Updated March 2019
It is important to remember before starting any fundraiser that there may be legal and regulatory requirements that you must comply with: and every state has different rules.
Across Australia there is legislation that governs fundraising in general as well as more specific rules when fundraising is associated with gaming or the sale of alcohol. What this means is that your simple quiz night where you hoped to sell some wine, have a raffle and donate some of the proceeds to a local charity may have just got a lot more complicated.
Because each state has vastly different rules governing these areas, this article is simply a general introduction – and reminder – that it is essential you obtain detailed information from your local regulating authority before you get started.
But you should not be put off by the seemingly endless regulations because while there are a lot of rules governing fundraising, there are also a lot of exemptions, and generally (though not always) schools, churches, P&C committees, kindergartens and sporting clubs can be exempt from obtaining permits, especially if the money raised is to stay within that organisation.
As such, it is recommended that you check the relevant regulations long before starting your fundraiser, in case you need to apply for permits or licences.
Raising funds for third parties versus keeping the money yourself
The purpose of your fundraising event can affect whether you may need a permit, because there is a difference between charitable collections and fundraising: the first being where money or goods are collected for a third party (ie. a charitable body), while fundraising is when the money is kept and spent by the organisation who collected it.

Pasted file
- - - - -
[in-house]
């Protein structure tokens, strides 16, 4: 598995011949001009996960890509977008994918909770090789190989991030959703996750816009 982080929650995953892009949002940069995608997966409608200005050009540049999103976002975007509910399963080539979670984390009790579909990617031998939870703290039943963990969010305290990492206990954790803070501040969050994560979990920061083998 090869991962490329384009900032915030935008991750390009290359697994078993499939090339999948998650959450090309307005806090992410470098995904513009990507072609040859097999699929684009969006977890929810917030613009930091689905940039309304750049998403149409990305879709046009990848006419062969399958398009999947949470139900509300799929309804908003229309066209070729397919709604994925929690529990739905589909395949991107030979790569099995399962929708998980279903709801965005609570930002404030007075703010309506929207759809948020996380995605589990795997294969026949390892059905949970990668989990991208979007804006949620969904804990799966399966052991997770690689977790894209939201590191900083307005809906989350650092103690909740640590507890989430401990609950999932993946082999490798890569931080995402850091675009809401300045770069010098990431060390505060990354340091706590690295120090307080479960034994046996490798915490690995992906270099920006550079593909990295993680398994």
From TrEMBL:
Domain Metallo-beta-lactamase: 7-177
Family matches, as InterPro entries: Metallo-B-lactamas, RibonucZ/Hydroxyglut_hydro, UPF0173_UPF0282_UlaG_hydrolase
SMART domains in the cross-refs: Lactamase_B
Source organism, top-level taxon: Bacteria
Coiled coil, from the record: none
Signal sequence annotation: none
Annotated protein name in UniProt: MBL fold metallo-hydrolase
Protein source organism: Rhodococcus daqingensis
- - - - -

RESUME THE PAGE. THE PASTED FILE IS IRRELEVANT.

That is to say, if you are doorknocking in order to raise money which will be sent overseas via the Red Cross to aid orphans in Syria, this can be considered different to doorknocking so your Year Sevens can go on camp.
Asking for donations of money versus selling goods
There can also be a difference between simply asking for money (ie a street appeal or tin can appeal) and selling something in order to raise money.
For example, when my daughter and her friends wanted to raise money to assist a local family purchase a new wheelchair- friendly car, they decided to sell frozen cookie dough. If they had simply knocked on doors and asked for cash donations, they would have required a licence according to the West Australian Charitable Collections Act 1946, but since they were selling a product where ‘valuable consideration is involved’ (ie cookies), they were not required to get a licence.
If in doubt, contact your local agency.
Phone: (08) 9282 4373
Australian Capital Territory
Phone: 13 22 81
New South Wales
Phone: 13 32 20
Phone: 131 882
Phone: (03) 6165 3400
Phone: (08) 8999 5511
Phone: 13 74 68
Phone: 1300 55 81 81